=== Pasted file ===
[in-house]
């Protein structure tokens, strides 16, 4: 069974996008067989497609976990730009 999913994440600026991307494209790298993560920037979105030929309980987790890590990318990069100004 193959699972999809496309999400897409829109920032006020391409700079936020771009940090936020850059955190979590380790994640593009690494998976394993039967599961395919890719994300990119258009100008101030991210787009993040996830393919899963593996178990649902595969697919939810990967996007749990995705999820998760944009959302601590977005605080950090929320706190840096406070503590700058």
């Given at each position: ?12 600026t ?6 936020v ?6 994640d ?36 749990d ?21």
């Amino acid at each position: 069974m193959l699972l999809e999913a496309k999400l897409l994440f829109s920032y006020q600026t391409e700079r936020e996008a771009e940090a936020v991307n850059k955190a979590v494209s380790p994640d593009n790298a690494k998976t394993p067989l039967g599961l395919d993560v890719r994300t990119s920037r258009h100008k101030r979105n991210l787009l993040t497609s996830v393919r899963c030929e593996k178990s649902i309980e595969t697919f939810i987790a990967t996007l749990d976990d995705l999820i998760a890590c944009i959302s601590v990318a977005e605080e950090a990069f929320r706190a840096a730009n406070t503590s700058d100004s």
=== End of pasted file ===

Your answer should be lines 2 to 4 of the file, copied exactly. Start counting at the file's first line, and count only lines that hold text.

């Protein structure tokens, strides 16, 4: 069974996008067989497609976990730009 999913994440600026991307494209790298993560920037979105030929309980987790890590990318990069100004 193959699972999809496309999400897409829109920032006020391409700079936020771009940090936020850059955190979590380790994640593009690494998976394993039967599961395919890719994300990119258009100008101030991210787009993040996830393919899963593996178990649902595969697919939810990967996007749990995705999820998760944009959302601590977005605080950090929320706190840096406070503590700058």
């Given at each position: ?12 600026t ?6 936020v ?6 994640d ?36 749990d ?21």
């Amino acid at each position: 069974m193959l699972l999809e999913a496309k999400l897409l994440f829109s920032y006020q600026t391409e700079r936020e996008a771009e940090a936020v991307n850059k955190a979590v494209s380790p994640d593009n790298a690494k998976t394993p067989l039967g599961l395919d993560v890719r994300t990119s920037r258009h100008k101030r979105n991210l787009l993040t497609s996830v393919r899963c030929e593996k178990s649902i309980e595969t697919f939810i987790a990967t996007l749990d976990d995705l999820i998760a890590c944009i959302s601590v990318a977005e605080e950090a990069f929320r706190a840096a730009n406070t503590s700058d100004s």